Another humorous experience occurred on my way to this church on Sunday morning. I passed by the Macy's store on Union Square in San Francisco, and people were gathering outside the door. It became apparent that they were evacuating because of an emergency. Pretty soon Santa Claus made good his escape, too, and after another minute or so, I started hearing the sirens of a fire truck.

Latin Mass at

Sunday, December 13, 2009

Leaping into a challenge

Des sich wundert alle Welt:
Gott solch Geburt ihm bestellt.

At this the whole world wonders,

That God has ordained such a birth.

The choir of First Baptist Church at 517 E. Washington in Ann Arbor has several very important assets--a good director and back-up director, an excellent accompanist, and the financial wherewithal to pay section leaders and hire a small orchestra to accompany them on this particular Sunday morning. Nevertheless, for a group of amateur singers, taking on a challenging piece can feel like driving toward the precipice of a cliff, hoping that it will all work out. With the work of singers and instrumentalists and some help from commentary by Pastor Paul Simpson Duke, it all did work out, and served as spiritual preparation for Christmas.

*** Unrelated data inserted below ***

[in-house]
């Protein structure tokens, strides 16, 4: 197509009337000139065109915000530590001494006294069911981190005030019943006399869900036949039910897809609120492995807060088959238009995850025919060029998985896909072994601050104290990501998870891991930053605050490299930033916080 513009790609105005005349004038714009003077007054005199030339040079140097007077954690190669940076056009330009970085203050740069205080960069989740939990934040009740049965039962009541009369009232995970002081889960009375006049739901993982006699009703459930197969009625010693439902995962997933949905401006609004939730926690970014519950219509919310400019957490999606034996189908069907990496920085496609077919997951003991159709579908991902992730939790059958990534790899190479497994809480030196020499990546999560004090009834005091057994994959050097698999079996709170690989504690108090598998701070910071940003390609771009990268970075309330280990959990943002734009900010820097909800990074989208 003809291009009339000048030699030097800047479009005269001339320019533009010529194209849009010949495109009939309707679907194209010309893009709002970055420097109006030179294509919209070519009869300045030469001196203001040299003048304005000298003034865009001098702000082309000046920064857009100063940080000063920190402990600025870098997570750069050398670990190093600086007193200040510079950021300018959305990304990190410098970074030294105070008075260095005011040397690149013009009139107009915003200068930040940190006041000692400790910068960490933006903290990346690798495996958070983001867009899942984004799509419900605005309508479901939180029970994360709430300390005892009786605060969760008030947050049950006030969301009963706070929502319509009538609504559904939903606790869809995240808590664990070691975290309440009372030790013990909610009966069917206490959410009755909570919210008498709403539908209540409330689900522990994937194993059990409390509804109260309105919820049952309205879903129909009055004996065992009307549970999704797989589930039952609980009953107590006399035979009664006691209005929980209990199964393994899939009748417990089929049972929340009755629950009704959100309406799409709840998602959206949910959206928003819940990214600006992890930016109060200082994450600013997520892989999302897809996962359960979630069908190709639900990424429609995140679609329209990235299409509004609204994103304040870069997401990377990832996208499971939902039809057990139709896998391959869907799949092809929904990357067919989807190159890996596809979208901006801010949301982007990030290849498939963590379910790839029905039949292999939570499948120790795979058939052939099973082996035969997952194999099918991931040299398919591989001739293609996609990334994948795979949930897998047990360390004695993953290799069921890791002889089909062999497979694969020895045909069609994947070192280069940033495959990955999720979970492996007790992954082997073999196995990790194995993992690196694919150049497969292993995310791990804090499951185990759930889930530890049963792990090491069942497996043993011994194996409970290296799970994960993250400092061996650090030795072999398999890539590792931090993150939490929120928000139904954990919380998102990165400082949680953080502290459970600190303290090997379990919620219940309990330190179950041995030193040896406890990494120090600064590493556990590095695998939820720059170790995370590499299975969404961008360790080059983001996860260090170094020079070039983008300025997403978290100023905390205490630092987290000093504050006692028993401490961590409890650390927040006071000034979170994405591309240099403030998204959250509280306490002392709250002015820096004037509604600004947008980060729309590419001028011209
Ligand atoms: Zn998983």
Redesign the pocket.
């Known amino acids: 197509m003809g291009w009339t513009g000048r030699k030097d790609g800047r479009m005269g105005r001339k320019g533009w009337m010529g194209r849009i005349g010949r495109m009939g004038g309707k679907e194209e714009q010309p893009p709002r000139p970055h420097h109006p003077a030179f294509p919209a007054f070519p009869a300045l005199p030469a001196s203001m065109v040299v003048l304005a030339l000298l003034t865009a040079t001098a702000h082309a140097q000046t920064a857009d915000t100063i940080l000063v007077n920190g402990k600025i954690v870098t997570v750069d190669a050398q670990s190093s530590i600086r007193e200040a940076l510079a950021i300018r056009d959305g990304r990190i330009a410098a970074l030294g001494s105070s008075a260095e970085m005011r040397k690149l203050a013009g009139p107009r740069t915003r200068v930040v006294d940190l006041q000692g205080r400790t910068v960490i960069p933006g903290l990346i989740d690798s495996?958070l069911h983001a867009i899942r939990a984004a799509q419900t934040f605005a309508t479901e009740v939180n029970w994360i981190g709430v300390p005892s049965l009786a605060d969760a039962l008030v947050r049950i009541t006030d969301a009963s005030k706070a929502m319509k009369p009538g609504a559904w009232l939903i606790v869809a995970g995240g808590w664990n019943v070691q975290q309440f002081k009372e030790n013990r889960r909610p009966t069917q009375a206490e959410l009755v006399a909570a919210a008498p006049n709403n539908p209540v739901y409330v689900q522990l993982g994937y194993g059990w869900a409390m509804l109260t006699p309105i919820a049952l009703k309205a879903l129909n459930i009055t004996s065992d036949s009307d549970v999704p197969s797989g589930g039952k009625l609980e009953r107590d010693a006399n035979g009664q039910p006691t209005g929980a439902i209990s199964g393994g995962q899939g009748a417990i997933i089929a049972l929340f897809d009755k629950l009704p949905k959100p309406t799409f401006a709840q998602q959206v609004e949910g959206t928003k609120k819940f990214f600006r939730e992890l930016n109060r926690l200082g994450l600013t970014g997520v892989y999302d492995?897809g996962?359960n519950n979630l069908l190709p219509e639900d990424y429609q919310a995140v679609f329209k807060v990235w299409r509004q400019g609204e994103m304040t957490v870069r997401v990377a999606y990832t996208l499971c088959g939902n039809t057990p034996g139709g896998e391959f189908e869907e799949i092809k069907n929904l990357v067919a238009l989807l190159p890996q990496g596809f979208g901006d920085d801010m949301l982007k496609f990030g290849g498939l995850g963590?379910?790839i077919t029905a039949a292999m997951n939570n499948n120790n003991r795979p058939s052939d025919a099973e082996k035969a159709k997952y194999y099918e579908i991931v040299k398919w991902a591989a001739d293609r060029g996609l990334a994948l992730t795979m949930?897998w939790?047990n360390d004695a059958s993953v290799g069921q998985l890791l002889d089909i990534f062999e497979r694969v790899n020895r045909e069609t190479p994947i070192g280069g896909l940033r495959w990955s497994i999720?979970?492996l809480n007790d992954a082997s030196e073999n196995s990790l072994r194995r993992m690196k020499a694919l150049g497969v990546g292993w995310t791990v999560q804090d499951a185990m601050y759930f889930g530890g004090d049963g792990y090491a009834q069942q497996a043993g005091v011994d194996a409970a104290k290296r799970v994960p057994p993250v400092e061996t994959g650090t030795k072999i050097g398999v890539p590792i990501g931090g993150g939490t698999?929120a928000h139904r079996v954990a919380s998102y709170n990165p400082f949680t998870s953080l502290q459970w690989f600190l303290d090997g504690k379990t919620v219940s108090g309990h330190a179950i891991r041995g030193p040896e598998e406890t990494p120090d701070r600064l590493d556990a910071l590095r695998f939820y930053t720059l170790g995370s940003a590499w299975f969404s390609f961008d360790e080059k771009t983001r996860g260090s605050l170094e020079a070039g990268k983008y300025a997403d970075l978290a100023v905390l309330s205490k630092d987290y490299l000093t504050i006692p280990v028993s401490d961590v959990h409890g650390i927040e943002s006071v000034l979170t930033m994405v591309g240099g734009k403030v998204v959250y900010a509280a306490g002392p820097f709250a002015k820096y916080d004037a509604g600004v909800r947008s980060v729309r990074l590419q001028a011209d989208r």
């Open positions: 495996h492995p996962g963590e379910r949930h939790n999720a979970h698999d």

The commercial sector sometimes helps to confuse churches regarding the difference between Advent, the time of anticipation and preparation for Christmas, and Christmas itself. Choral performances by groups in advance of Christmas, sometimes well in advance, also contribute to this. But First Baptist today built their entire service around the Advent music of "Savior of the Nations, Come," or in German, "Nun komm, der Heiden Heiland."